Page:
This dream occurred in a semi-sleep as I was awakening. I became aware that I was dreaming and it felt good so I let my mind just go where the dream seemed to want to go. Near the end, I started coming out of the trance state and got up out of bed with the thought that I had to turn this into a story.
Only after I started writing it down did I realize that it contained elements associated with the archetypes as first described by Carl Jung.
The dream itself seemed to go very fast but as I thought about it, it seemed that there were missing pieces. I began to think of it as a story I could write about instead of just a dream. So my mind started filling in parts of the story that I could not be sure were part of the original dream. But, as I wrote, in longhand while drinking coffee, I was in a trance-like state very similar to the original. So it was really a continuation of the dream. But it ends prematurely (it was time to go) and there is more to the story. If I got into a similar trance, I am sure it would come to me.
— The Dream —
Our small house was an old, one story building in a town lined with lots of similar houses. There was a small lawn in front, a sidewalk leading to the front door and branching off to the left to continue around the house to the back door. The front door and back door were on opposite sides of the central room, the living room which had lightly varnished wood floor, white walls and not much furniture. I lived with my mother and never thought about where my father was or if I even had one. We were not well off but we were not poor.
I was about 18 years old and it was summer. I planned on college in the fall. The college was nearby but I intended to live away from home if I could. What happened in the dream changed all that.
I had just gotten up, had on jeans and sneaks, when I heard a knock on the back door. I opened it and on the other side of the screen door was a young girl, well dressed, with very bright red lipstick. I opened the screen door, inviting her inside.
Just inside the door she just came up close and gave me a warm hug, nothing erotic, just a big warm hug of affection. There were no words but I understood she wanted to go somewhere to talk.
We walked rather quickly along the sidewalk near the street. I had no idea where we were going but it was important. I moved too fast and she fell behind. When I looked back, she was gone. I looked up and down the street. Nothing.
About 5 months later, she again showed up at the back door with a baby girl in her arms. I reached for her and she gave her to me. I knew that I was not the father but the baby did belong to me – to us. The girl left quickly with no explanation.
My mother seemed to think that I was the father and asked no questions. I announced my intention to raise the girl although I had no idea how I would do that. My mother, previously thinking I was leaving for college, now wanted me to stay so she could be with her granddaughter.
So I started college that fall, living at home, working part time and acting as a father to the girl, whom I named Rose. I had the help of my mother and an elderly neighbor named Mary. But, when I was able to do so, I changed diapers, told my little girl stories and rocked her to sleep at night.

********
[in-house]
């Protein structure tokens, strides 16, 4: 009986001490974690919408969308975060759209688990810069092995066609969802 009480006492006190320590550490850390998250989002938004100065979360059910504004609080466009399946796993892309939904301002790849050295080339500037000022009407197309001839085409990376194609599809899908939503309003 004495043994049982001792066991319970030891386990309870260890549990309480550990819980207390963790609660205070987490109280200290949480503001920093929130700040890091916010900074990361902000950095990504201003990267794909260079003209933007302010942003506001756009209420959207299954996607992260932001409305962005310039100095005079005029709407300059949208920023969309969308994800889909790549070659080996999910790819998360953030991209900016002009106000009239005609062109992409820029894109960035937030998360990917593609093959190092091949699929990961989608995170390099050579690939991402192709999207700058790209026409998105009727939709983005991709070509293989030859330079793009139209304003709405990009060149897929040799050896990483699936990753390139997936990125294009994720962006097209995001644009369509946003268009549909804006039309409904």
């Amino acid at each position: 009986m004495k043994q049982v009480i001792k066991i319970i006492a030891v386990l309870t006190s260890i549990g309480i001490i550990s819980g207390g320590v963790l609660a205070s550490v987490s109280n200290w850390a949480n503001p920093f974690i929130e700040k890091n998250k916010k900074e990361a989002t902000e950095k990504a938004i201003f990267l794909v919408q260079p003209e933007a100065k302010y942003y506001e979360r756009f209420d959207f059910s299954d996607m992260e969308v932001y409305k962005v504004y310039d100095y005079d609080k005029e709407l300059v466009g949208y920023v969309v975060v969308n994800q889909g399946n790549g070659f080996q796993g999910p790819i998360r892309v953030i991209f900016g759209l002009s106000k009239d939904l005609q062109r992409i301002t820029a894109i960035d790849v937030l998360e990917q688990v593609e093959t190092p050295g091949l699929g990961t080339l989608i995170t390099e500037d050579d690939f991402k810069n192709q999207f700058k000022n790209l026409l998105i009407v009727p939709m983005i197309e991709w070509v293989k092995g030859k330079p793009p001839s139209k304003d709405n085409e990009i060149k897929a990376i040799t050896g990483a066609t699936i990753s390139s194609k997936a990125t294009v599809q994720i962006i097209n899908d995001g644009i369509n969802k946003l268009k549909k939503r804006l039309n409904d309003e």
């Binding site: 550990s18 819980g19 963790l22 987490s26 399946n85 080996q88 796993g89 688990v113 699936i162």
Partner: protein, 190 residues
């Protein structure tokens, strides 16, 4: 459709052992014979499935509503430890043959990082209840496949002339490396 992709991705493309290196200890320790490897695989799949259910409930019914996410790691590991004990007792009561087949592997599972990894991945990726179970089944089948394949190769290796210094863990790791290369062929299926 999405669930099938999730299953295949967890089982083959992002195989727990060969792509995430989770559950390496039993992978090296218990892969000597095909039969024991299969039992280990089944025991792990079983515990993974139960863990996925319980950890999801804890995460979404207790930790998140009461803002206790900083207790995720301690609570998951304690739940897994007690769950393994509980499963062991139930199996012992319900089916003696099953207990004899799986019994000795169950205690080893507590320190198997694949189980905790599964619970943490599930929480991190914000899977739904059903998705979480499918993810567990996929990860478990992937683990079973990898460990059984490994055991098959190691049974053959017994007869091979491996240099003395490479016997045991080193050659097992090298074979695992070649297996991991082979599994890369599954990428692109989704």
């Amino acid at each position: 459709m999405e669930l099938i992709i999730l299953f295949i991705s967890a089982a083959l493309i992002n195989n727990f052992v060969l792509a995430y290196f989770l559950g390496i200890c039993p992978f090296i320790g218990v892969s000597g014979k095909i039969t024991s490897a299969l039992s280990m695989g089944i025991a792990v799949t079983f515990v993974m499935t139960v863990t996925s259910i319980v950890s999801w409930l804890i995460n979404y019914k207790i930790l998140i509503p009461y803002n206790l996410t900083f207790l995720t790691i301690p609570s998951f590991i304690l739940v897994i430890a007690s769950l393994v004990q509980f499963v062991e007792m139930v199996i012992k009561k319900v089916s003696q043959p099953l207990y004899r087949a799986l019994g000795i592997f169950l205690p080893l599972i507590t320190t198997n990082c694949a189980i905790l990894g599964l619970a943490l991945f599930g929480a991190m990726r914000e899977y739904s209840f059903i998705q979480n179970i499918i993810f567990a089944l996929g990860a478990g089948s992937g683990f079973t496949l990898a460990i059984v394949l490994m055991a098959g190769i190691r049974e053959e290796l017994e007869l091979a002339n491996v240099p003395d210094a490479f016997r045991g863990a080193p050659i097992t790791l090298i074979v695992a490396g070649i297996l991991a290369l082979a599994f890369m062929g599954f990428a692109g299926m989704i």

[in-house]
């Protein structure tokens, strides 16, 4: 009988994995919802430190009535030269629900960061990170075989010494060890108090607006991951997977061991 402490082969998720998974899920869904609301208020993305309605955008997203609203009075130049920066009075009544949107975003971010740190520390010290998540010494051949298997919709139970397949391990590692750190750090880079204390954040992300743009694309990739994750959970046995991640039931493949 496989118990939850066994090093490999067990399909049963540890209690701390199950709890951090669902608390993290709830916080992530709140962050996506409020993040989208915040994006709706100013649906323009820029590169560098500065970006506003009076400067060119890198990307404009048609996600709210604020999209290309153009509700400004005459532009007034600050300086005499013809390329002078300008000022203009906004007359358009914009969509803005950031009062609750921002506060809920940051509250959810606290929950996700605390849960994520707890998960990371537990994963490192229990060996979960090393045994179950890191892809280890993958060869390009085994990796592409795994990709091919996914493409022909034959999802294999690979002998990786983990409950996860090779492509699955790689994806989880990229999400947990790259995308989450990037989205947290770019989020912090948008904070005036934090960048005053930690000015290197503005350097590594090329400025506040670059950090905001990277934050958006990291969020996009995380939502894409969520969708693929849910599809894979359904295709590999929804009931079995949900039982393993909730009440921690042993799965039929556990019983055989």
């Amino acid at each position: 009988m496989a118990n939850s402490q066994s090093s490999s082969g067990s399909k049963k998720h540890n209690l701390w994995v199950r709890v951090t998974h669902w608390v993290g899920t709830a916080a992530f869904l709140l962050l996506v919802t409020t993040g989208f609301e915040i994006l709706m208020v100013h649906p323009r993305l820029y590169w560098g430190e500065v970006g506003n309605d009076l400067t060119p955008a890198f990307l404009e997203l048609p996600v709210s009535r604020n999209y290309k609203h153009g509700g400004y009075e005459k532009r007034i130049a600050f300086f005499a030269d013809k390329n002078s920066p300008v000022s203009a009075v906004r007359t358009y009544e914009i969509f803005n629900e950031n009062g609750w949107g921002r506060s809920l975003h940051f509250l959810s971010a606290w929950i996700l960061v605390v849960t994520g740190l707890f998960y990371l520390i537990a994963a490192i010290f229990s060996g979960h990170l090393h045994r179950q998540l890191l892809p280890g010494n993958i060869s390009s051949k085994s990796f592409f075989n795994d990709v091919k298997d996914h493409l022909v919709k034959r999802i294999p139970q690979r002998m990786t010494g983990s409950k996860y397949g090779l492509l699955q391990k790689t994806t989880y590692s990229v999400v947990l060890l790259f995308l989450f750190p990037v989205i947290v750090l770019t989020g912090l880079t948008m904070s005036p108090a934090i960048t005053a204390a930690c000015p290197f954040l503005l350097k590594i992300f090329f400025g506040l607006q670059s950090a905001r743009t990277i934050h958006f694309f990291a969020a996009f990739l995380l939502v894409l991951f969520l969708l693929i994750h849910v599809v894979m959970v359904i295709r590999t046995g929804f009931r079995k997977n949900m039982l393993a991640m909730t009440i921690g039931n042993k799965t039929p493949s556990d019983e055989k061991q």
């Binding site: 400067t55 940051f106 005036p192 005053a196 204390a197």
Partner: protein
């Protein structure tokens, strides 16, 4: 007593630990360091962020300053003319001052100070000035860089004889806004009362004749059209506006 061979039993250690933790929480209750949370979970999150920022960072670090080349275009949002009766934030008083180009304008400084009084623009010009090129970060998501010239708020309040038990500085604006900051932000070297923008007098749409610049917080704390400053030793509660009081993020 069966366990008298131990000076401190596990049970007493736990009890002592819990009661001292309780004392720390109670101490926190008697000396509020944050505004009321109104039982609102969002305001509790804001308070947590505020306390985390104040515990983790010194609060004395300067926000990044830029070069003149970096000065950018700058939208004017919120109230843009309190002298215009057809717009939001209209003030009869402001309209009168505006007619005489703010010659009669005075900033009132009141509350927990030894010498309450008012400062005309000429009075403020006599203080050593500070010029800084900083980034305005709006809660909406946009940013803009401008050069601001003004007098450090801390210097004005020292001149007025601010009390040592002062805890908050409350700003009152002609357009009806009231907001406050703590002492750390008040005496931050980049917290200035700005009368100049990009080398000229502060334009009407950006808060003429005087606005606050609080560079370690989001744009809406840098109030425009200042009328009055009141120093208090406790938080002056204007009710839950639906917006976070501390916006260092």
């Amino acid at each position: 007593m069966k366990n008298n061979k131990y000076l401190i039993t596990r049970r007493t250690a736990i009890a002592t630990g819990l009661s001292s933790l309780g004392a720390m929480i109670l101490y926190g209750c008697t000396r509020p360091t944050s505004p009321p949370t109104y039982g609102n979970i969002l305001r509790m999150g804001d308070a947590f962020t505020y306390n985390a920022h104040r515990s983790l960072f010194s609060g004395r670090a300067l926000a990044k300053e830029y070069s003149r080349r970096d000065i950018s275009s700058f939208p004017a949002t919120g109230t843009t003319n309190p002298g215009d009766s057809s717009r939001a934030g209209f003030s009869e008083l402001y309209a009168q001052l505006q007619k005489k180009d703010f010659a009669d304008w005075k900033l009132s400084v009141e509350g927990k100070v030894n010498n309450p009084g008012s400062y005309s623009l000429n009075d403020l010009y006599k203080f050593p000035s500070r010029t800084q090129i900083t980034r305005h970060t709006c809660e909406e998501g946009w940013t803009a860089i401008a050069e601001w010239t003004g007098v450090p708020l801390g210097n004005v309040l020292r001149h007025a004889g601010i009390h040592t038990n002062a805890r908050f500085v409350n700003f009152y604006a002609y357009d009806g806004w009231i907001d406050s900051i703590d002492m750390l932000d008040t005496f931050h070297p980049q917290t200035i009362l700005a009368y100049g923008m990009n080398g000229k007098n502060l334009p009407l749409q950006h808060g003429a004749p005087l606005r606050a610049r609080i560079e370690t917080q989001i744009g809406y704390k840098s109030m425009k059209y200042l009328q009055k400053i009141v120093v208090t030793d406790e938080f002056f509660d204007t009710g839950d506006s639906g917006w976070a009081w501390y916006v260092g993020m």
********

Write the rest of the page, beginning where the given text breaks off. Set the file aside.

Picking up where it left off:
I knew she was not mine and that I would not have her forever. She seemed to know that as well because when she was 5, she suddenly said to me, “You are not really my Dad, are you?”
“No,” I said. “It doesn’t matter because you have taken very good care of me.” Neither of us talked of her mother or how she came to be there with me. She was a magical child and I loved having her with me and the time I could spend with her.
Rose was 7 when she again came to the back door. This time, it was clear she had something to say, to tell us. Rose and she sat down on the couch, side by side, and I sat in a chair across from them both. The dream/trance faded but I had the feeling that all three of us were destined to be together and it felt very good.
The magical child is described as an archetype by Carl Jung and his student Caroline Myss. This is what she has to say:
The Magical Child sees the potential for sacred beauty in all things, and embodies qualities of wisdom and courage in the face of difficult circumstances. One example is Anne Frank, who wrote in her diary that in spite of all the horror surrounding her family while hiding from Nazis in an attic, she still believed that humanity was basically good. This archetype is also gifted with the power of imagination and the belief that everything is possible.
There is always a shadow side to each archetype and the shadow is this:
The shadow energy of the Magical Child manifests as the absence of the possibility of miracles and of the transformation of evil to good. Attitudes of pessimism and depression, particularly when exploring dreams, often emerge from an injured Magical Child whose dreams were “once upon a time” thought foolish by cynical adults. The shadow may also manifest as a belief that energy and action are not required, allowing one to retreat into fantasy.
In numerology, the number 7 has a meaning which is relevant to this dream.
The number 7 is the seeker, the thinker, the searcher of Truth (notice the capital “T”). The 7 doesn’t take anything at face value — it is always trying to understand the underlying, hidden truths. The 7 knows that nothing is exactly as it seems and that reality is often hidden behind illusions.